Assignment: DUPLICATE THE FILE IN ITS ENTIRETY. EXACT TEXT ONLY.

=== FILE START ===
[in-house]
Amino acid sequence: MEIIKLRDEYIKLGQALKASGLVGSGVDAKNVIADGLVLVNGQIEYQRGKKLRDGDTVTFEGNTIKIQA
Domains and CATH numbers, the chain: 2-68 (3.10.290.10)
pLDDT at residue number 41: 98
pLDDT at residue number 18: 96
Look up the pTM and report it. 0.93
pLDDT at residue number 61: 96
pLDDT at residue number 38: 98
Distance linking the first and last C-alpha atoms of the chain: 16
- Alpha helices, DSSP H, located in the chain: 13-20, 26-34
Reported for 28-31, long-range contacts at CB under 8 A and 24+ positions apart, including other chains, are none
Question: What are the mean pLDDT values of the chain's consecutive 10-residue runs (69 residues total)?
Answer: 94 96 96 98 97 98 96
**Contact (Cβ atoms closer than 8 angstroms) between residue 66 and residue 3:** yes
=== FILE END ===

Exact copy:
[in-house]
Amino acid sequence: MEIIKLRDEYIKLGQALKASGLVGSGVDAKNVIADGLVLVNGQIEYQRGKKLRDGDTVTFEGNTIKIQA
Domains and CATH numbers, the chain: 2-68 (3.10.290.10)
pLDDT at residue number 41: 98
pLDDT at residue number 18: 96
Look up the pTM and report it. 0.93
pLDDT at residue number 61: 96
pLDDT at residue number 38: 98
Distance linking the first and last C-alpha atoms of the chain: 16
- Alpha helices, DSSP H, located in the chain: 13-20, 26-34
Reported for 28-31, long-range contacts at CB under 8 A and 24+ positions apart, including other chains, are none
Question: What are the mean pLDDT values of the chain's consecutive 10-residue runs (69 residues total)?
Answer: 94 96 96 98 97 98 96
**Contact (Cβ atoms closer than 8 angstroms) between residue 66 and residue 3:** yes